The Dura Ace thumb shifters are great and changing gear becomes second nature after a while. Gear changes have been faultless and accurate on the whole.
The bottom bracket came loose after 2,000km due to a broken spacer shim, easily fixed. But the bearings were a wreck shortly afterwards as water had found it’s way into the frame and bottom bracket cavity.
The tyres are superb, offering grip and durability and tackling loose gravel and heavy conditions easily. However, the replacement pair doesn’t seem to be lasting as long, perhaps they are using a different compound. Continue reading →
After 38 days of cycling and approximately 4,000km I am back home. Cycling from Lands End to John o’Groats hugging the Atlantic Coast around England, Wales, Ireland and Scotland. I generally followed the Sustrans National cycle routes 3,4 and 780; the Wild Atlantic Way, Hebridean Way and North Coast 500 on my trusty Thorn Sherpa. The weather was Wild and Windy, with many good clear exhilarating days. Mostly camping, with the occasional Hostel.
Now I have completed the North Sea Cycle Route and the Atlantic Seaboard, I am thinking of circling the Irish Sea and English Channel to complete all of the coastal options around the British Isles.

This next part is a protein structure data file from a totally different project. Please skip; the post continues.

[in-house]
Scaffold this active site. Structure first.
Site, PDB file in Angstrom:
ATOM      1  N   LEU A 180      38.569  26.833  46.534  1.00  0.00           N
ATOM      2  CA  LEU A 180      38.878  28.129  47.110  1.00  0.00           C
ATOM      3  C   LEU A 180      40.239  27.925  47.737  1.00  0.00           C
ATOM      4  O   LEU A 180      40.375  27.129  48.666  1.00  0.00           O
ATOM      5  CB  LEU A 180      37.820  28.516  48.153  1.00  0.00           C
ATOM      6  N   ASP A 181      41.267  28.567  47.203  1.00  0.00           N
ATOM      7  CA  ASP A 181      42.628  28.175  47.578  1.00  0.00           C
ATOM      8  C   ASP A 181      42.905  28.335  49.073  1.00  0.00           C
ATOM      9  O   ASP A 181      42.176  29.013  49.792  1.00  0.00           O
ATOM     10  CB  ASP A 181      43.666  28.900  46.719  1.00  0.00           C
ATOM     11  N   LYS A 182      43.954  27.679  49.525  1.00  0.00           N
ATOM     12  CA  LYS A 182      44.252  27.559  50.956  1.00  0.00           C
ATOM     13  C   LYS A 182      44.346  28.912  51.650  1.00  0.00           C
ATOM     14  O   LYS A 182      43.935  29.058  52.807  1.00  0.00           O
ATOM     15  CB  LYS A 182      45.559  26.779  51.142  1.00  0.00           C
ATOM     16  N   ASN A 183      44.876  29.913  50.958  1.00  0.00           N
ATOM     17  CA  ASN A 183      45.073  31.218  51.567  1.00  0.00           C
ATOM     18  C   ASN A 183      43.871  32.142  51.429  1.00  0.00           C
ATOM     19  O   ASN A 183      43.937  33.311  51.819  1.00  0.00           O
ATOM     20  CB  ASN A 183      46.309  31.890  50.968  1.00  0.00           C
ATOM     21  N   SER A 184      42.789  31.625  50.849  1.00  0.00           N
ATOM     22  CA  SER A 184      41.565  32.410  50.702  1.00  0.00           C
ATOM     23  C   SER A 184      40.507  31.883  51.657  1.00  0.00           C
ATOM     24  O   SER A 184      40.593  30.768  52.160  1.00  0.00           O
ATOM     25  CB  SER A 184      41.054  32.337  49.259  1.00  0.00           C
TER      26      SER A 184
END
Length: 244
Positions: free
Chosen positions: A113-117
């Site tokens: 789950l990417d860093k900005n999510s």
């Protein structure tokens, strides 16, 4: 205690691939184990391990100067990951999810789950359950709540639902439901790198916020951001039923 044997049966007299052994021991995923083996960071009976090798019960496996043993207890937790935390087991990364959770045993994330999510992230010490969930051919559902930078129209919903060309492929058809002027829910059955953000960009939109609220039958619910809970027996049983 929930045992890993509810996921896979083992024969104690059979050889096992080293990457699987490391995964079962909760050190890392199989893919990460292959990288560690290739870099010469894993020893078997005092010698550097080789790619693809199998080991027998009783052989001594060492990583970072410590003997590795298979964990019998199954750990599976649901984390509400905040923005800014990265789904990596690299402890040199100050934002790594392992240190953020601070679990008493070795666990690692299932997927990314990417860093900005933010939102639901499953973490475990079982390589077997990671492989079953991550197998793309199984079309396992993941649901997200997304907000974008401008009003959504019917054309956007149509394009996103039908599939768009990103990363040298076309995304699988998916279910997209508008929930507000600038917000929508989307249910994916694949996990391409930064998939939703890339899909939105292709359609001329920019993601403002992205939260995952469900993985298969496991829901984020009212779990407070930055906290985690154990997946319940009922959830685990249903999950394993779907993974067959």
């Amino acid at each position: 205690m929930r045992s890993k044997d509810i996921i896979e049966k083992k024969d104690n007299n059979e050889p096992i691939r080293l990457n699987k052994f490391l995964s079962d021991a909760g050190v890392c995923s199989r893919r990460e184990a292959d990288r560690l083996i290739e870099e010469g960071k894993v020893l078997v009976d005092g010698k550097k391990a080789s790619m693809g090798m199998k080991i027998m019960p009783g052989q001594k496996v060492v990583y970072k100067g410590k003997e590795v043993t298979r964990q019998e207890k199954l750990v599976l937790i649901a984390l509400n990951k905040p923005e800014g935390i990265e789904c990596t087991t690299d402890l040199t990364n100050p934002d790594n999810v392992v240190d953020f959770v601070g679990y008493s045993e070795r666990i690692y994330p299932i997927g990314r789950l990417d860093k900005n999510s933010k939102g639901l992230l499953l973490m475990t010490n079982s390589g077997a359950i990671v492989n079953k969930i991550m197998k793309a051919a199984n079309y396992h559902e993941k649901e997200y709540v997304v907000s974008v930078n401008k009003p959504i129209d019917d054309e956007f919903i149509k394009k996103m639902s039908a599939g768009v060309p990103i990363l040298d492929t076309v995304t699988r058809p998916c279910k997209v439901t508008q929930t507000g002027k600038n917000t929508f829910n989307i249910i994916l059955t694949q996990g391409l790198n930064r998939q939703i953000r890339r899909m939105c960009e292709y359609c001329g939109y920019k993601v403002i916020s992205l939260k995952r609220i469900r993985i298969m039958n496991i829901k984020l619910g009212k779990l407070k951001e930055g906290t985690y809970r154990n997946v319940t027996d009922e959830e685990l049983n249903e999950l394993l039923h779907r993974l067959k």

Cycling from Land’s End to John o’Groats (LEJOG) via the Wild Atlantic Way. Google MyMaps plan completed at https://goo.gl/raAtwt
I think I have a plan. Follow the NCR 3 and 4 from Land’s End to Fishguard and then catch a ferry to Ireland. Connect to the Wild Atlantic Way at Kinsale and follow the Irish coast to Ballycastle. Ferry to Islay, Colonsay, Oban, Barra (maybe Mull), then the Hebridian Way to Stornoway. Ferry to Ullapool and then coastal to John o’Groats. About 4,000km I think. Mostly Eurovelo 1, but with many diversions.